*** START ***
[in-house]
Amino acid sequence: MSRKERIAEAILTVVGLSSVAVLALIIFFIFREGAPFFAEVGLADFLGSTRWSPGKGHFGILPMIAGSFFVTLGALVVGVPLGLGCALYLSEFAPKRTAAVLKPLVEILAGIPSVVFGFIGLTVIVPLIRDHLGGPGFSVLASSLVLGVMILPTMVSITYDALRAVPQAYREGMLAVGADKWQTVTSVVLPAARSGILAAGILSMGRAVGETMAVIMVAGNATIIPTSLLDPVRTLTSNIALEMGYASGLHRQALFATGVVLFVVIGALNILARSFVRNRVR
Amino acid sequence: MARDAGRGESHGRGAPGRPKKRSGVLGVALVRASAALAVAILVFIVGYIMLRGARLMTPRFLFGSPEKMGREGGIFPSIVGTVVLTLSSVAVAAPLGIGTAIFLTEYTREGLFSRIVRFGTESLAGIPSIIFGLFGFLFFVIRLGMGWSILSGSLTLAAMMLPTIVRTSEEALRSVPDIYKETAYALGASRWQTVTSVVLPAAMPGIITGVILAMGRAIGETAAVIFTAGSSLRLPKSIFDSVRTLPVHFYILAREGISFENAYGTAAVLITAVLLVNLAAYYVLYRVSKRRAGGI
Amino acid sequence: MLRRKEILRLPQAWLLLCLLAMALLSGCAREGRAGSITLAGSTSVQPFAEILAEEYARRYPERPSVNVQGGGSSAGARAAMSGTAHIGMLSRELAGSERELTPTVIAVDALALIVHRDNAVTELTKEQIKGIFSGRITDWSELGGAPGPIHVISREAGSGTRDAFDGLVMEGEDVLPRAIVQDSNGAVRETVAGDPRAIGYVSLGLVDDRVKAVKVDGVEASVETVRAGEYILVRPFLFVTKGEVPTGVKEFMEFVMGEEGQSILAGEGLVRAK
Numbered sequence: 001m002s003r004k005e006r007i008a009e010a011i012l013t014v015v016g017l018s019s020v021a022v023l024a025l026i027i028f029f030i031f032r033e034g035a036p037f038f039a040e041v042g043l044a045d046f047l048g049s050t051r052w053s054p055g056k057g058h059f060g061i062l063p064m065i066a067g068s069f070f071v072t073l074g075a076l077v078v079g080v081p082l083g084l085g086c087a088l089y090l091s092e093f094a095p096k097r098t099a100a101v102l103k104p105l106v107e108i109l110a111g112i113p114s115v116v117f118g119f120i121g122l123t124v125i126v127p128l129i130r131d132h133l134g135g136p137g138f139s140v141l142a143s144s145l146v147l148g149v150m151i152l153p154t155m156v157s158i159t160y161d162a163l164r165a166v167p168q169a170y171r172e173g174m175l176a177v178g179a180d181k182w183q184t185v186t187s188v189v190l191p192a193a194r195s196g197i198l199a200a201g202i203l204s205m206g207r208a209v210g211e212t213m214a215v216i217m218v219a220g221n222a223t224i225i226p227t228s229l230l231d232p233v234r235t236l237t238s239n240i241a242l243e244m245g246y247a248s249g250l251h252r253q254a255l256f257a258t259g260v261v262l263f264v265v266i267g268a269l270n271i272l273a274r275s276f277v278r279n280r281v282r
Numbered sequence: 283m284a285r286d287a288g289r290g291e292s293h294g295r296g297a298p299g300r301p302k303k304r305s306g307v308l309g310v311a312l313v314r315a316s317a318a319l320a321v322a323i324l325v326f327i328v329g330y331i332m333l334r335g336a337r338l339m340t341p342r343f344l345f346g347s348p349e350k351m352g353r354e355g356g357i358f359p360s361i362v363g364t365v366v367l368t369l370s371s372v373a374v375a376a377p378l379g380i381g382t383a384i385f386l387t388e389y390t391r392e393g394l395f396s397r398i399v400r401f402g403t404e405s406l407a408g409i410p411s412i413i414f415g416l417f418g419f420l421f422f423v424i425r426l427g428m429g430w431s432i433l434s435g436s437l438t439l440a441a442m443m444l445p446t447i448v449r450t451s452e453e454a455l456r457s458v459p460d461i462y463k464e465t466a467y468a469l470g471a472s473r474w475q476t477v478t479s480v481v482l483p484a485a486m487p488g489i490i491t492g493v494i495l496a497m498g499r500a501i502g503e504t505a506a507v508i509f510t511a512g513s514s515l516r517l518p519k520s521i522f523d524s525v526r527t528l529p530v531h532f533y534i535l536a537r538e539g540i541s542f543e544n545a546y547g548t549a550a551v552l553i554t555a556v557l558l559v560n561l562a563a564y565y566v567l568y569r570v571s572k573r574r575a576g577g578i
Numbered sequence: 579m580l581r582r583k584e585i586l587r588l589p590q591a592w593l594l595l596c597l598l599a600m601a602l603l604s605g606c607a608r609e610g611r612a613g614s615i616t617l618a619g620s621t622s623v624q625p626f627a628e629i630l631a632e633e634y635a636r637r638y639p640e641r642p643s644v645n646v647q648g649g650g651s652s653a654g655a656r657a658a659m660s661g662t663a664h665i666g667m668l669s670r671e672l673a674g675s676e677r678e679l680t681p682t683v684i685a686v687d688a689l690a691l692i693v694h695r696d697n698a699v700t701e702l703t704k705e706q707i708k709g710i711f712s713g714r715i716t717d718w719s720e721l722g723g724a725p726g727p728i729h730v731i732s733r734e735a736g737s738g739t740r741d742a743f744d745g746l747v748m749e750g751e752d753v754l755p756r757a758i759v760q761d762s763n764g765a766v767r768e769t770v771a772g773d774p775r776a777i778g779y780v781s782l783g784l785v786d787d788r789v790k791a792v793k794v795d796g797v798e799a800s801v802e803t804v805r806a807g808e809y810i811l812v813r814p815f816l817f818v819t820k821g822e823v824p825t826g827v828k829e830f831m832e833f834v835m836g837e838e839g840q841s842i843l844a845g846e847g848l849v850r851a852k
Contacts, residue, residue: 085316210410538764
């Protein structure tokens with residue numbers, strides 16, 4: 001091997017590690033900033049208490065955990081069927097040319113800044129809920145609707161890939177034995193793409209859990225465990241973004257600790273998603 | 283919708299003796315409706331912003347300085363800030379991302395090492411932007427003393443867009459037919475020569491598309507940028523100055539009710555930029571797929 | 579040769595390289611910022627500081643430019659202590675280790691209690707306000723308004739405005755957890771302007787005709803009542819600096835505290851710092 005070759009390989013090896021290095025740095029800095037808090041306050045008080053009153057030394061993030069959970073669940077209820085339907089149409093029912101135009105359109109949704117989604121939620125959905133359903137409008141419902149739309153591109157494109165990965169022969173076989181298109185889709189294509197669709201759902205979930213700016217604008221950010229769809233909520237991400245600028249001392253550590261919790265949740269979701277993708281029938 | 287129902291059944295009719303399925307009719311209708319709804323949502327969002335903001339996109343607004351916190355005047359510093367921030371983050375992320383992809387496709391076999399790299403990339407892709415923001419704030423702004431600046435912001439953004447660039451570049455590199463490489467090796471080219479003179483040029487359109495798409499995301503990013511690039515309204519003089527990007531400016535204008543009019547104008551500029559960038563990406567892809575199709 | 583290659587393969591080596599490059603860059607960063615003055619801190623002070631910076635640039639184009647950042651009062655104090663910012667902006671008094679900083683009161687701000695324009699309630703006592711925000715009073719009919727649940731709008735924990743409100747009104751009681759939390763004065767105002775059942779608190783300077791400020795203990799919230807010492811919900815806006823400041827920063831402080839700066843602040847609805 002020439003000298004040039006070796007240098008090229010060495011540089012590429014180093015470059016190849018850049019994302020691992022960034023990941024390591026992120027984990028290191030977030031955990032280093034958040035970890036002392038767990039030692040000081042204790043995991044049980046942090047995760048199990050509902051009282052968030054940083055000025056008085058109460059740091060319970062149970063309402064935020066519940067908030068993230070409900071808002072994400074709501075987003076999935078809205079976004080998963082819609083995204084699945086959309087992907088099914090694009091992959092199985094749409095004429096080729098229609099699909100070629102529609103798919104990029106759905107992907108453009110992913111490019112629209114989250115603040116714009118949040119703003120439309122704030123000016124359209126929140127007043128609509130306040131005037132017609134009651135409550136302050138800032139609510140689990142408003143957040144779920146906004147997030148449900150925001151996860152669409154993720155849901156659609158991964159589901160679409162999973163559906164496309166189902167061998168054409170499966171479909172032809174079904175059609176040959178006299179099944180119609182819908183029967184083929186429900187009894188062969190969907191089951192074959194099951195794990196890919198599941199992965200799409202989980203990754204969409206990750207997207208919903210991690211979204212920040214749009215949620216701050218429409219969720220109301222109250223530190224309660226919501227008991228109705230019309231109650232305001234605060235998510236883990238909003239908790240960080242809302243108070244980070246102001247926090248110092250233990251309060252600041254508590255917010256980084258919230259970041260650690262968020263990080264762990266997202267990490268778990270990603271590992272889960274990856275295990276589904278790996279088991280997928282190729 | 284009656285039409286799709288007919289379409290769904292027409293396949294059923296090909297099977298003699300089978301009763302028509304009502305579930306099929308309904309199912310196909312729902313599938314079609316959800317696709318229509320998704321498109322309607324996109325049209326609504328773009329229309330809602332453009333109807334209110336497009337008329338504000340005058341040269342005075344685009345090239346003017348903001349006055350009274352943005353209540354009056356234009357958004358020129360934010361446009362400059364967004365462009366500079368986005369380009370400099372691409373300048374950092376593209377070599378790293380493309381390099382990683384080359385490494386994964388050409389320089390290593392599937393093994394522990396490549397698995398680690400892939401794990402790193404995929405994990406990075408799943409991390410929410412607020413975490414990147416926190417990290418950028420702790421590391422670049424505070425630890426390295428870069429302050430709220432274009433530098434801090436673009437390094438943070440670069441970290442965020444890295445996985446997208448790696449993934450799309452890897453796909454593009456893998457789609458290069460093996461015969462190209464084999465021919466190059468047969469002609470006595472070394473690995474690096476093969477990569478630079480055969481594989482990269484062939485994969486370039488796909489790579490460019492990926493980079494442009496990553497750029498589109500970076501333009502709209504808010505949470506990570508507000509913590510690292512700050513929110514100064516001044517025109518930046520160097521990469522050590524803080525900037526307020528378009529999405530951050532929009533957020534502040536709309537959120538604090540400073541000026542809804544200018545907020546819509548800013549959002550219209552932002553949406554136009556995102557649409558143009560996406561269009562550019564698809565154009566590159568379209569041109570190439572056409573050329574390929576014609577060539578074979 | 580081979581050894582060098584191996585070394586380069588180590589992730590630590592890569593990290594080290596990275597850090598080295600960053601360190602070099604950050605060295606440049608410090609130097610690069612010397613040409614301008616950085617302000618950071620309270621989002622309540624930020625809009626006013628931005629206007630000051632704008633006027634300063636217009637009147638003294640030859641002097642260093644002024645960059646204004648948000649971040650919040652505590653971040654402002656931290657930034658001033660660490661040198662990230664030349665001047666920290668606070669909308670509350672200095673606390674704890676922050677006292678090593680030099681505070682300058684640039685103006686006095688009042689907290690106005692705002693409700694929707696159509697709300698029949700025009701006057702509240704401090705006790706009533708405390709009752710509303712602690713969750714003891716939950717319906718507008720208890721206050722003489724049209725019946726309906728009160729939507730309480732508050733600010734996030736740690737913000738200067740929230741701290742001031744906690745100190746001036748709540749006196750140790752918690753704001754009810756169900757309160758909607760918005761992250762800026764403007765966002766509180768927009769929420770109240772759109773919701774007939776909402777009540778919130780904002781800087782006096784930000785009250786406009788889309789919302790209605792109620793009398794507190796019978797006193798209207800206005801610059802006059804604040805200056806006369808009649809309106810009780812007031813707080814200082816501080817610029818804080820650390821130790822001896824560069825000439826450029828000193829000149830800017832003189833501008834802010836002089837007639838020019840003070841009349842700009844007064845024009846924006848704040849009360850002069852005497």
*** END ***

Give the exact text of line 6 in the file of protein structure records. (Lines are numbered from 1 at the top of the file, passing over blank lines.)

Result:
Numbered sequence: 283m284a285r286d287a288g289r290g291e292s293h294g295r296g297a298p299g300r301p302k303k304r305s306g307v308l309g310v311a312l313v314r315a316s317a318a319l320a321v322a323i324l325v326f327i328v329g330y331i332m333l334r335g336a337r338l339m340t341p342r343f344l345f346g347s348p349e350k351m352g353r354e355g356g357i358f359p360s361i362v363g364t365v366v367l368t369l370s371s372v373a374v375a376a377p378l379g380i381g382t383a384i385f386l387t388e389y390t391r392e393g394l395f396s397r398i399v400r401f402g403t404e405s406l407a408g409i410p411s412i413i414f415g416l417f418g419f420l421f422f423v424i425r426l427g428m429g430w431s432i433l434s435g436s437l438t439l440a441a442m443m444l445p446t447i448v449r450t451s452e453e454a455l456r457s458v459p460d461i462y463k464e465t466a467y468a469l470g471a472s473r474w475q476t477v478t479s480v481v482l483p484a485a486m487p488g489i490i491t492g493v494i495l496a497m498g499r500a501i502g503e504t505a506a507v508i509f510t511a512g513s514s515l516r517l518p519k520s521i522f523d524s525v526r527t528l529p530v531h532f533y534i535l536a537r538e539g540i541s542f543e544n545a546y547g548t549a550a551v552l553i554t555a556v557l558l559v560n561l562a563a564y565y566v567l568y569r570v571s572k573r574r575a576g577g578i